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A real explanation for heterogeneous investment dynamics

  • Jonas D.M. Fisher

Household investment, that is investment in consumer durables and housing, leads non-residential fixed investment over the U.S. business cycle. This observation represents a potent challenge to real business cycle (RBC) theory. First of all the theory has been unable to account for it. In addition, research suggests the observation is driven by monetary shocks, supporting the view that these shocks play a leading role in the U.S. business cycle. This paper shows that RBC theory is consistent with the investment dynamics after all. It does so by generalizing the standard home production environment to take into account the fact that household capital is useful in market production.

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Paper provided by Federal Reserve Bank of Chicago in its series Working Paper Series with number WP-01-14.

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Date of creation: 2001
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Handle: RePEc:fip:fedhwp:wp-01-14
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  1. Campbell, John & Ludvigson, Sydney, 2001. "Elasticities of Substitution in Real Business Cycle Models with Home Production," Scholarly Articles 3163262, Harvard University Department of Economics.
  2. Hornstein, Andreas & Praschnik, Jack, 1997. "Intermediate inputs and sectoral comovement in the business cycle," Journal of Monetary Economics, Elsevier, vol. 40(3), pages 573-595, December.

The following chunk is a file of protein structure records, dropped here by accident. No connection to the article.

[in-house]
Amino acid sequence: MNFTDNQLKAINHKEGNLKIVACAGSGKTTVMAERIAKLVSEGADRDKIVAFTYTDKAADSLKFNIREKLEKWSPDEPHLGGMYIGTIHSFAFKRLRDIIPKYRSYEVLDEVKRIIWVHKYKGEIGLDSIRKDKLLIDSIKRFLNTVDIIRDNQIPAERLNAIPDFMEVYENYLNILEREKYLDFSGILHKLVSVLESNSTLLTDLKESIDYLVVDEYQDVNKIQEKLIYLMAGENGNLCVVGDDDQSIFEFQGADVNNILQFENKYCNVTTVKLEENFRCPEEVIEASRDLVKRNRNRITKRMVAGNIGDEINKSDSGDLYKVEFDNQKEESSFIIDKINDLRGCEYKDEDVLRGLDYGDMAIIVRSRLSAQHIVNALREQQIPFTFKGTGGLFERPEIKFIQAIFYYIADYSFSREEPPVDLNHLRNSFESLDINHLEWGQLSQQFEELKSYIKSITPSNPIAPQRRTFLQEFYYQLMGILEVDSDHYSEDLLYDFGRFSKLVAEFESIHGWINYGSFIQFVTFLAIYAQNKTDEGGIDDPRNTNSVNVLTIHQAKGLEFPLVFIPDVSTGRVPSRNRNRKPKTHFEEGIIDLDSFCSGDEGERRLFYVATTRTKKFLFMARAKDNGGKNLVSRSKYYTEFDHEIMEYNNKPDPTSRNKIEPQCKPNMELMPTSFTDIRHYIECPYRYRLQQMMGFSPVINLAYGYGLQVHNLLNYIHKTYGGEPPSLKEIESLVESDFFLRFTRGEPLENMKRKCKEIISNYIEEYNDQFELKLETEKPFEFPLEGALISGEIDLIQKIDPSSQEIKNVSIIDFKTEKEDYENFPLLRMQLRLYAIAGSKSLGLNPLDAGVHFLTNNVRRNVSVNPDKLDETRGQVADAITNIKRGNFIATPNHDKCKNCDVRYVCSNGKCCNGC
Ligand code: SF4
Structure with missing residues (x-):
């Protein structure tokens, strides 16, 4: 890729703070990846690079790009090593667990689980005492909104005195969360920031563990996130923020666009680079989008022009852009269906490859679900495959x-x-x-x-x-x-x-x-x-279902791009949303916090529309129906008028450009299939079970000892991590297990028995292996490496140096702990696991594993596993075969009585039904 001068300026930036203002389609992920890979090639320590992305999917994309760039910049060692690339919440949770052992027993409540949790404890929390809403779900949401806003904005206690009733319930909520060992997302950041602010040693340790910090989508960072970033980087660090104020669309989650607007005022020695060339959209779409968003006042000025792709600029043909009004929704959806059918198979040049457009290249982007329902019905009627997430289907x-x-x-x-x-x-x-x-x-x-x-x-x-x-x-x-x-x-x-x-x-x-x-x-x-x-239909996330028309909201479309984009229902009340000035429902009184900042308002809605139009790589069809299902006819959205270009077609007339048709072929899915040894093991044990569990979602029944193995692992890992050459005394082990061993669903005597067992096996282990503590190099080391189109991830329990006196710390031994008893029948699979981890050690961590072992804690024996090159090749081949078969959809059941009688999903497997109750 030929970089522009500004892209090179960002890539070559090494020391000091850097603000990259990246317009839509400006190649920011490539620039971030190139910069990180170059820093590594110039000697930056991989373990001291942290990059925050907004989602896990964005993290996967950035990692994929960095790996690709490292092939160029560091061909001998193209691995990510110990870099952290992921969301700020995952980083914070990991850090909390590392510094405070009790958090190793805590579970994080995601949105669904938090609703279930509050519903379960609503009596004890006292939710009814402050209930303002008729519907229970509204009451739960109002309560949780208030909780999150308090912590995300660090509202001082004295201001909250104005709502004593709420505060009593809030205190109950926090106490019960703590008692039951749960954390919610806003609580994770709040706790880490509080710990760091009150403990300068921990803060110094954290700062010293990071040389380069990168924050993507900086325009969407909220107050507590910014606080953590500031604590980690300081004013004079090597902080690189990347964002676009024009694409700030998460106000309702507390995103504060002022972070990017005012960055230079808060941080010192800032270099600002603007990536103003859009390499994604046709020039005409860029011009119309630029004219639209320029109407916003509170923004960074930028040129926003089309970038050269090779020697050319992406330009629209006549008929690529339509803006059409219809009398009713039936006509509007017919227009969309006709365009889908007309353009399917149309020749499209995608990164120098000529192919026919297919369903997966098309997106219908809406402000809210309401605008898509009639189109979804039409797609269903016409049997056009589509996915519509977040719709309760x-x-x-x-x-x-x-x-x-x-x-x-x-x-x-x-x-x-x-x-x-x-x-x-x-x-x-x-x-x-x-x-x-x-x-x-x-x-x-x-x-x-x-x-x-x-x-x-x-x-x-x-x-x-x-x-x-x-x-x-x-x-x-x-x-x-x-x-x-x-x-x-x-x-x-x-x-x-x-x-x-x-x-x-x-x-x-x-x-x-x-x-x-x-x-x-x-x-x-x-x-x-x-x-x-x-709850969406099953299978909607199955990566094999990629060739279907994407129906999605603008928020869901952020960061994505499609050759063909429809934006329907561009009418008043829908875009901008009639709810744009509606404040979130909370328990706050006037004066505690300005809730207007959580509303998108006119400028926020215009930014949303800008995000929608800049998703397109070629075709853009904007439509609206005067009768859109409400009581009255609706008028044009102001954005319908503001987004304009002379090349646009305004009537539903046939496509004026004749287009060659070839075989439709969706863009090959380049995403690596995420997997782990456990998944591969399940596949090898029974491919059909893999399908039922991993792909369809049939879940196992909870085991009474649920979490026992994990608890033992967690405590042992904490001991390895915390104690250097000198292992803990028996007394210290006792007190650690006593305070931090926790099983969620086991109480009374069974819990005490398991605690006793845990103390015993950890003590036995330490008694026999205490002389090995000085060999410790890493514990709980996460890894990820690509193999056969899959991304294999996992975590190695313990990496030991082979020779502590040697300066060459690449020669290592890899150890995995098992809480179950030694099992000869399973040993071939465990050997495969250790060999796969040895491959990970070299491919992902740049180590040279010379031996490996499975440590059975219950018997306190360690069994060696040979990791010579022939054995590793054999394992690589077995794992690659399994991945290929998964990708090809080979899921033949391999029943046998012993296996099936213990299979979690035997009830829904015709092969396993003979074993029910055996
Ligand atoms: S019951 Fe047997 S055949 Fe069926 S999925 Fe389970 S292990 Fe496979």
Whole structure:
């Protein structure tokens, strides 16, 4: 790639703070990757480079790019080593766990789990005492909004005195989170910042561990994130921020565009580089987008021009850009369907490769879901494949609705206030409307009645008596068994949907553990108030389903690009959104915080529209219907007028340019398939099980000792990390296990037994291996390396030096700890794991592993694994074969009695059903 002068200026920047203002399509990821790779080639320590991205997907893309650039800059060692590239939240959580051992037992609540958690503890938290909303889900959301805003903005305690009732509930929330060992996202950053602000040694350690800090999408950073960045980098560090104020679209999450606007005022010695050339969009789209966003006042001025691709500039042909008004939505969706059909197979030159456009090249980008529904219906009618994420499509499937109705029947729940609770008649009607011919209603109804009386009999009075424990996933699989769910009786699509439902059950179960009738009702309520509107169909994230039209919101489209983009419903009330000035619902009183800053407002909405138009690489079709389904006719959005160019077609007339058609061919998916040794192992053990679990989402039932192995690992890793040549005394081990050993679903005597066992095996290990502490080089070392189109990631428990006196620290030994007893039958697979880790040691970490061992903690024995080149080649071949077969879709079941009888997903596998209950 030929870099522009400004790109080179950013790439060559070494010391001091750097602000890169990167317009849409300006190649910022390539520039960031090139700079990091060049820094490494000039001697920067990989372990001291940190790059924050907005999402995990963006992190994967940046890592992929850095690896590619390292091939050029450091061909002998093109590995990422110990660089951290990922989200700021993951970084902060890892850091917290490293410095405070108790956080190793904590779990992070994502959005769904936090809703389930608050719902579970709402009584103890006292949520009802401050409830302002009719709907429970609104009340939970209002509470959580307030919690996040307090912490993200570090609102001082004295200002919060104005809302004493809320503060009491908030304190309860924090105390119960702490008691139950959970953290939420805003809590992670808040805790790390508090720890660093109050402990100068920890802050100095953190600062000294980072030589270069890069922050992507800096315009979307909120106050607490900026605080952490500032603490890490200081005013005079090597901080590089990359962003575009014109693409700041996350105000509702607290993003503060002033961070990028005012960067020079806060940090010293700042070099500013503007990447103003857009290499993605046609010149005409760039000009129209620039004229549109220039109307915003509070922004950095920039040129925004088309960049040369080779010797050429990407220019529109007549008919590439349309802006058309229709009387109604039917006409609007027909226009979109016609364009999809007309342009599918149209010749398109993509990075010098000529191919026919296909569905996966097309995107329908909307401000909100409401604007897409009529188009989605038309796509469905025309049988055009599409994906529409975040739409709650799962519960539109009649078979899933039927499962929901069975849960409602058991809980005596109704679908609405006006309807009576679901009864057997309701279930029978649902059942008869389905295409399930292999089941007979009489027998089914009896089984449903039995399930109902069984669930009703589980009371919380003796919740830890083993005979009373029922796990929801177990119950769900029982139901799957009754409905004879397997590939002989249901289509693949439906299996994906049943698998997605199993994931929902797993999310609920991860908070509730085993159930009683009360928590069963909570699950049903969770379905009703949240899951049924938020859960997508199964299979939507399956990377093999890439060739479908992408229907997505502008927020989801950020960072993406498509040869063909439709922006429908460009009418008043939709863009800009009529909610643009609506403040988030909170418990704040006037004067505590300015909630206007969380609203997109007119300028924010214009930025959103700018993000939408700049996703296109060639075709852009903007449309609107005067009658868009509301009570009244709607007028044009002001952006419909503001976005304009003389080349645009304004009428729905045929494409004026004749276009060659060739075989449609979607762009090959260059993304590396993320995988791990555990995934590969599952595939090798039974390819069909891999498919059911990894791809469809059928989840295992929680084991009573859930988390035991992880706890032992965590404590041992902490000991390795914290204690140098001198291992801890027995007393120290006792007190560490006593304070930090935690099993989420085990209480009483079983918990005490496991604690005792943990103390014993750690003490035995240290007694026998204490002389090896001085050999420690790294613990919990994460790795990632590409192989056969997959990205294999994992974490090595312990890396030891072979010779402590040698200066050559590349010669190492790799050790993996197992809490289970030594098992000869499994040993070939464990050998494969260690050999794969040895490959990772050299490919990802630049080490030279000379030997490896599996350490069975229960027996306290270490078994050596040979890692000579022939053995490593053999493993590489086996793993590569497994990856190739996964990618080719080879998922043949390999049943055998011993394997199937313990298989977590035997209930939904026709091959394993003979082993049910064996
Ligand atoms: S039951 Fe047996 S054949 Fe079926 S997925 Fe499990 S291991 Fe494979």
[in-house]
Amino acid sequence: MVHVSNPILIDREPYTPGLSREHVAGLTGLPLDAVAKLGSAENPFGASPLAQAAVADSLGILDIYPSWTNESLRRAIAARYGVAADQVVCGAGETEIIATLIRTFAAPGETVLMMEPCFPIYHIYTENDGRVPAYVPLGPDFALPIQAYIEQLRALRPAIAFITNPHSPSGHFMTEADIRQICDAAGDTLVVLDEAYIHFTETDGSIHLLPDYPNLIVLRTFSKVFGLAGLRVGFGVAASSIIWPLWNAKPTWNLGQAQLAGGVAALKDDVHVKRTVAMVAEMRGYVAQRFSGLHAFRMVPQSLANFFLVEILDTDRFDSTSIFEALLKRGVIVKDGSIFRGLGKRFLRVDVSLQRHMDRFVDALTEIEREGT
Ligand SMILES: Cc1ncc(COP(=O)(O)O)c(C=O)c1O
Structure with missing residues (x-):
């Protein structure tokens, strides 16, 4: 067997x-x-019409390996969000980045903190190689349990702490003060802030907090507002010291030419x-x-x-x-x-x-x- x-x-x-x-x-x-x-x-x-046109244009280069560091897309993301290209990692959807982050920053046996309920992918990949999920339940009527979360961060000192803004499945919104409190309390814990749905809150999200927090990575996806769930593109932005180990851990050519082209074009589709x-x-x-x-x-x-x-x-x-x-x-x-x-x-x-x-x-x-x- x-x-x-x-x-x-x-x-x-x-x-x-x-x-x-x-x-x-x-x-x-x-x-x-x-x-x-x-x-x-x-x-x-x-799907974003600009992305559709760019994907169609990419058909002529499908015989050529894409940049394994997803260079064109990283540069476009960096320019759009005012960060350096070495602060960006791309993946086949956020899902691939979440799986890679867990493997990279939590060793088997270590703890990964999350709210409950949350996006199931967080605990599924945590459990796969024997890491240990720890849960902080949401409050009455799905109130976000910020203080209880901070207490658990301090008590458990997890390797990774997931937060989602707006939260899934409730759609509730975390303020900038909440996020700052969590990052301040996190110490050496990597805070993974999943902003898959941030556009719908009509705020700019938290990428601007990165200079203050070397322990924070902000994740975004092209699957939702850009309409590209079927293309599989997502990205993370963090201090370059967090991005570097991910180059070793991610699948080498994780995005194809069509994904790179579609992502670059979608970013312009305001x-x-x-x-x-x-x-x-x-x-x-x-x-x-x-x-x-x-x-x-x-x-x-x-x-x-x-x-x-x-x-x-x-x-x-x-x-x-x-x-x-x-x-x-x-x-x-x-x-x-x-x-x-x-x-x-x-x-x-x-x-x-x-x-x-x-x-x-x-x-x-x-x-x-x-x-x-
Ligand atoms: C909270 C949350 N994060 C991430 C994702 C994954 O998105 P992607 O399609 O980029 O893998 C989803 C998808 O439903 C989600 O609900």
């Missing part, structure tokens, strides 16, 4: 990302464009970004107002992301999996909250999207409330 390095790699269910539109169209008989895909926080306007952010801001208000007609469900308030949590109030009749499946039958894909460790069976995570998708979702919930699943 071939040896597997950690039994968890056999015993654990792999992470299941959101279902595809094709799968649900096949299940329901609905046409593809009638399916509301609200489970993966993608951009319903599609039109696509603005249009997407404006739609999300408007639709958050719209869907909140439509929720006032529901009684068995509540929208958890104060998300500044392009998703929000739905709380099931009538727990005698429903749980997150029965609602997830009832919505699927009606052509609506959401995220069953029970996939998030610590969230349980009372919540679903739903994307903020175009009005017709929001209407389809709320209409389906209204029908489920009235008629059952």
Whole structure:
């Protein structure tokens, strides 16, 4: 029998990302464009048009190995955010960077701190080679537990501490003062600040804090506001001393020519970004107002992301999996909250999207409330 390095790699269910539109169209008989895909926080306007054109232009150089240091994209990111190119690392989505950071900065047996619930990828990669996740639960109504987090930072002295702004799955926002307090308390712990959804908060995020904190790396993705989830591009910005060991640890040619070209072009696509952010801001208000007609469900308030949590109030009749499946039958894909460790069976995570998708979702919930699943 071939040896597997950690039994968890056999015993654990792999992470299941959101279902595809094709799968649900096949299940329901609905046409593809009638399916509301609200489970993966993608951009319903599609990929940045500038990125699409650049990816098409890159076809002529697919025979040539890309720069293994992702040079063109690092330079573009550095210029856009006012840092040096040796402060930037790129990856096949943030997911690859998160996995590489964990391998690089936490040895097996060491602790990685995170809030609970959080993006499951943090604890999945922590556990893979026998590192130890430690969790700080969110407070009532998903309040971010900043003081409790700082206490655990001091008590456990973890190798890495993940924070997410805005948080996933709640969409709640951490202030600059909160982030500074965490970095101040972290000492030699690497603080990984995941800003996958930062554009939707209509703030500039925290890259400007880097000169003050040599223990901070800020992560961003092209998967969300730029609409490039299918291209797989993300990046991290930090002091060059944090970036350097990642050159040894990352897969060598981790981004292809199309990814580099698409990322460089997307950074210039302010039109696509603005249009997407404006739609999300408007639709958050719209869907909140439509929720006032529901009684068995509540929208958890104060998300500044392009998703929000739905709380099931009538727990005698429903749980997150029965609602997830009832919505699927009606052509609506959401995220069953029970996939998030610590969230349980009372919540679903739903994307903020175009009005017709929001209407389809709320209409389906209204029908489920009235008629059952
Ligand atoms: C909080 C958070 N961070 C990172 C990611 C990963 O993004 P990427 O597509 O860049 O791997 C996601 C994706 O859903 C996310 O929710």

3. Finn E. Kydland, 1993. "Business cycles and aggregate labor-market fluctuations," Working Paper 9312, Federal Reserve Bank of Cleveland.
  4. Martin Feldstein & James M. Poterba & Louis Dicks-Mireaux, 1981. "The Effective Tax Rate and the Pretax Rate of Return," NBER Working Papers 0740, National Bureau of Economic Research, Inc.
  5. Rochelle M. Edge, 2000. "The effect of monetary policy on residential and structures investment under differential project planning and completion times," International Finance Discussion Papers 671, Board of Governors of the Federal Reserve System (U.S.).
  6. Kydland, Finn E & Prescott, Edward C, 1982. "Time to Build and Aggregate Fluctuations," Econometrica, Econometric Society, vol. 50(6), pages 1345-70, November.
  7. McGrattan, Ellen R & Rogerson, Richard & Wright, Randall, 1997. "An Equilibrium Model of the Business Cycle with Household Production and Fiscal Policy," International Economic Review, Department of Economics, University of Pennsylvania and Osaka University Institute of Social and Economic Research Association, vol. 38(2), pages 267-90, May.
  8. Cictor E. Li & Chia-Ying Chang, 1998. "Money, credit, and the cyclical behavior of household investment," Working Papers 1998-017, Federal Reserve Bank of St. Louis.
  9. Greenwood, J. & Hercowitz, Z., 1991. "The Allocation of Capital and Time Over the Business Cycles," UWO Department of Economics Working Papers 9104, University of Western Ontario, Department of Economics.
  10. Greenwood, J. & Rogerson, R. & Wright, R., 1993. "Household Production in Real Business Cycle Thoery," RCER Working Papers 347, University of Rochester - Center for Economic Research (RCER).
  11. Einarsson, Tor & Marquis, Milton H., 1997. "Home production with endogenous growth," Journal of Monetary Economics, Elsevier, vol. 39(3), pages 551-569, August.
  12. Lawrence J. Christiano & Robert J. Vigfusson, 2001. "Maximum likelihood in the frequency domain: the importance of time-to-plan," Working Paper 0106, Federal Reserve Bank of Cleveland.
  13. Jess Benhabib & Richard Rogerson & Randall Wright, 1991. "Homework in macroeconomics: household production and aggregate fluctuations," Staff Report 135, Federal Reserve Bank of Minneapolis.
  14. Baxter, Marianne, 1996. "Are Consumer Durables Important for Business Cycles?," The Review of Economics and Statistics, MIT Press, vol. 78(1), pages 147-55, February.
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